Vacant top jobs at Calgary's city hall to be filled soon
One quarter of top city jobs have an acting manager doing the work
A quick scan of the organization chart of top jobs at the City of Calgary shows plenty of people are filling in for their departed boss.
Several departmental directors have been temporarily promoted to fill in as general managers.
The recruitment process is underway for the recently retired city solicitor.
The former deputy city manager, Brad Stevens, retired at the end of November.
City manager David Duckworth was himself promoted from a departmental GM position when he was named the City of Calgary's new top bureaucrat last summer.
He's well aware of the situation.
"We have about a quarter of our senior management team, which is about 50-ish managers, that are in acting capacities," said Duckworth.
"That's way too much."
Duckworth said many of the positions have been vacated by retiring baby boomers who have departed after lengthy careers in the public service.
But others have left for greener pastures, either to take advantage of opportunities with other municipalities or seizing the chance to make more money in the private sector.
He acknowledges some positions would have been filled sooner but he's planning to roll out changes to the city's management structure over the next few months.
"Once we — my team and I — know what the organization is going to look like, when we make a few tweaks, I'm going to fill those positions as quickly as I possibly can," said Duckworth.
His goal is to modernize the civic government and make it more efficient so it's better able to provide services to Calgarians.
He acknowledged that there has been too much uncertainty in having so many people in acting positions.
However, filling those vacant jobs may be easier said than done.
Duckworth said he wants to make sure the city isn't just a training ground for top talent. He wants to attract and retain dedicated public servants.
"Part of the challenge I have right now is we've been losing quite a few of our management staff because believe it or not, salaries in the private sector are a lot better than they are at the City of Calgary for many of our positions."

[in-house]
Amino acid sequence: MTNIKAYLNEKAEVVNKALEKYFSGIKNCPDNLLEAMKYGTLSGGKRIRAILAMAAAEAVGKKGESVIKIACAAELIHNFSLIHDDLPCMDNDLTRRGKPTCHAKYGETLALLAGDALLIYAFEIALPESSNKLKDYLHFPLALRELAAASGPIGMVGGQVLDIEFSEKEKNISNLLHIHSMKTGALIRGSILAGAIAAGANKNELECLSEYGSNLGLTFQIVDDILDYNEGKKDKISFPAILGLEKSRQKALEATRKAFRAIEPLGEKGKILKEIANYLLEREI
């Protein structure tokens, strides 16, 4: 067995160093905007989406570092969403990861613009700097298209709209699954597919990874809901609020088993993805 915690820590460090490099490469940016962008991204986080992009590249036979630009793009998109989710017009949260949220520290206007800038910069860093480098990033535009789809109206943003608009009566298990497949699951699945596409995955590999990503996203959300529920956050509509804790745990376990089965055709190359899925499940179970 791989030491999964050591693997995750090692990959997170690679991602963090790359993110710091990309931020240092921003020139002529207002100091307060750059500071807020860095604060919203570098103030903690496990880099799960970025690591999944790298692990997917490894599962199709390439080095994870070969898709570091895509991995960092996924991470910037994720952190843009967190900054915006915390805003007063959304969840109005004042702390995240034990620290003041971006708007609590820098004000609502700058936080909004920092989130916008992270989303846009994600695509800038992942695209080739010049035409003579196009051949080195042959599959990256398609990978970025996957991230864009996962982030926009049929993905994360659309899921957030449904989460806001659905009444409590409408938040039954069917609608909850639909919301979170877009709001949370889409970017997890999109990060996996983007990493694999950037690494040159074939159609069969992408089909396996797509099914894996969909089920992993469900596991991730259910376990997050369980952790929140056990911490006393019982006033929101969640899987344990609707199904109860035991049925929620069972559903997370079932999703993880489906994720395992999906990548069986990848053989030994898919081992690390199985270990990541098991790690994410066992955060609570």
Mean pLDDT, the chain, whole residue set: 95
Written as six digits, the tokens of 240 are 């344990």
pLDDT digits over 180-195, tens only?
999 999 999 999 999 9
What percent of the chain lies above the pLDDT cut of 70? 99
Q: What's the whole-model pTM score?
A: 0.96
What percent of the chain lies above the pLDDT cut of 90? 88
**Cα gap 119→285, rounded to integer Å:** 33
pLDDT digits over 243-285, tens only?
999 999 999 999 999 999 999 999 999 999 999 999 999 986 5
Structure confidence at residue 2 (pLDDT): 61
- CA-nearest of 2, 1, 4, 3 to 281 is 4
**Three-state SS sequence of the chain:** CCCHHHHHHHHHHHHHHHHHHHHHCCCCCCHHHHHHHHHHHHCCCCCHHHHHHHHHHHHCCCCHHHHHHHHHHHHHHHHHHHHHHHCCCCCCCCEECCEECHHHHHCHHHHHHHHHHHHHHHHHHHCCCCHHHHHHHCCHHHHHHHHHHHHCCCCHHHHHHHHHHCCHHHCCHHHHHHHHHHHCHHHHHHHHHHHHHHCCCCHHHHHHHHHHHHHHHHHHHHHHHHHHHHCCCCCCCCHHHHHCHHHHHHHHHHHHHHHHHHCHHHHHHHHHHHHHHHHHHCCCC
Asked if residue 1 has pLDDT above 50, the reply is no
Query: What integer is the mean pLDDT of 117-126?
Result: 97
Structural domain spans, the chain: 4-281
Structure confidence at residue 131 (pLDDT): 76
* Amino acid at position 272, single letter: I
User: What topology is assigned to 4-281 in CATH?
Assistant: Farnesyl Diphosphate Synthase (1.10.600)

Change is natural
Mayor Naheed Nenshi said turnover at the top is a natural thing in any organization.
He pointed out that only one senior manager who was on the job when he was sworn into office in late 2010 remains on the city payroll today.
From his vantage point, Nenshi said there haven't been any issues with having so many managers filling in for those who have departed.
He said these managers aren't just caretakers. They're empowered to make decisions.
"We have a good corporate culture here," said Nenshi.
"They are actually doing the job and so I'm very, very pleased with my colleagues and how they've come to the table, even when they're in these acting roles, just getting stuff done," said the mayor.
He said some jobs have been deliberately held open longer than expected so that Duckworth's restructuring plan can be fleshed out and implemented.
Then they can get down to filling the positions that will be posted.
City needs to attract new talent
Like Duckworth, Nenshi shares the concern about attracting new talent to the organization.
He said there have been salary freezes in place for several years for managers and management-exempt employees.
The law department has lost about one-third of its lawyers because private companies can pay significantly more than the city can.
He said the city is taking a look at its total compensation package to see if changes are needed.
For example, Nenshi said someone like the city's director of human resources would make significantly more money in the private sector, even though they'd be responsible for a lot fewer people and fewer job classifications.
"The people who do those sorts of things, the senior managers at the city, we're very lucky to have them because they are doing it because they believe in public service."